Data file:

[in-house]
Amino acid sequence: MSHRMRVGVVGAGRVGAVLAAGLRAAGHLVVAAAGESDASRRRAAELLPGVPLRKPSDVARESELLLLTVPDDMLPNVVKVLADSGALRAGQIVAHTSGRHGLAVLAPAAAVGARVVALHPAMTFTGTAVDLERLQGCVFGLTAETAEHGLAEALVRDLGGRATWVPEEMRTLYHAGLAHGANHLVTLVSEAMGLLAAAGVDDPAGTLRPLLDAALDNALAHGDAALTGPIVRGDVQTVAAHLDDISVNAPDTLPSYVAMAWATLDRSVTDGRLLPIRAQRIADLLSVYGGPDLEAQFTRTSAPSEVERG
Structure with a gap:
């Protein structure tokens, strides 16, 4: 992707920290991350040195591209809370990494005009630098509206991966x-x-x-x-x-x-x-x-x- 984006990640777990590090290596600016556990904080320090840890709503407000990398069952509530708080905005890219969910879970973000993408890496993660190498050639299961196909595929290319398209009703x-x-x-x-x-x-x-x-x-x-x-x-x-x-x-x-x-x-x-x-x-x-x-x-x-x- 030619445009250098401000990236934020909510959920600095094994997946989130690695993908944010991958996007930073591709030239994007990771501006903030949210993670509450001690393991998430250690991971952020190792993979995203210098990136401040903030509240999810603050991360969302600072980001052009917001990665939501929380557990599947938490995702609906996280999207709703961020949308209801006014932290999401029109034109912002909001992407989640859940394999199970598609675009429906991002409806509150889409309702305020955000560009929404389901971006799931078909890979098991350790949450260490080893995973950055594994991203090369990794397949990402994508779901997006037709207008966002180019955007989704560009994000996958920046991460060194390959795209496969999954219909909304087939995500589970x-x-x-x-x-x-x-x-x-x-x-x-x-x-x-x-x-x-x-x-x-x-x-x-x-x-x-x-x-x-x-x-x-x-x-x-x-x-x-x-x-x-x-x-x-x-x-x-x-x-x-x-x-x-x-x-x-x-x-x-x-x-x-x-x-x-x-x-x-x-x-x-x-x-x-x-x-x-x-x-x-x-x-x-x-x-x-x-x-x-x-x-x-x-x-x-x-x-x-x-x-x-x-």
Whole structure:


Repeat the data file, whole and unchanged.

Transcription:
[in-house]
Amino acid sequence: MSHRMRVGVVGAGRVGAVLAAGLRAAGHLVVAAAGESDASRRRAAELLPGVPLRKPSDVARESELLLLTVPDDMLPNVVKVLADSGALRAGQIVAHTSGRHGLAVLAPAAAVGARVVALHPAMTFTGTAVDLERLQGCVFGLTAETAEHGLAEALVRDLGGRATWVPEEMRTLYHAGLAHGANHLVTLVSEAMGLLAAAGVDDPAGTLRPLLDAALDNALAHGDAALTGPIVRGDVQTVAAHLDDISVNAPDTLPSYVAMAWATLDRSVTDGRLLPIRAQRIADLLSVYGGPDLEAQFTRTSAPSEVERG
Structure with a gap:
């Protein structure tokens, strides 16, 4: 992707920290991350040195591209809370990494005009630098509206991966x-x-x-x-x-x-x-x-x- 984006990640777990590090290596600016556990904080320090840890709503407000990398069952509530708080905005890219969910879970973000993408890496993660190498050639299961196909595929290319398209009703x-x-x-x-x-x-x-x-x-x-x-x-x-x-x-x-x-x-x-x-x-x-x-x-x-x- 030619445009250098401000990236934020909510959920600095094994997946989130690695993908944010991958996007930073591709030239994007990771501006903030949210993670509450001690393991998430250690991971952020190792993979995203210098990136401040903030509240999810603050991360969302600072980001052009917001990665939501929380557990599947938490995702609906996280999207709703961020949308209801006014932290999401029109034109912002909001992407989640859940394999199970598609675009429906991002409806509150889409309702305020955000560009929404389901971006799931078909890979098991350790949450260490080893995973950055594994991203090369990794397949990402994508779901997006037709207008966002180019955007989704560009994000996958920046991460060194390959795209496969999954219909909304087939995500589970x-x-x-x-x-x-x-x-x-x-x-x-x-x-x-x-x-x-x-x-x-x-x-x-x-x-x-x-x-x-x-x-x-x-x-x-x-x-x-x-x-x-x-x-x-x-x-x-x-x-x-x-x-x-x-x-x-x-x-x-x-x-x-x-x-x-x-x-x-x-x-x-x-x-x-x-x-x-x-x-x-x-x-x-x-x-x-x-x-x-x-x-x-x-x-x-x-x-x-x-x-x-x-």
Whole structure: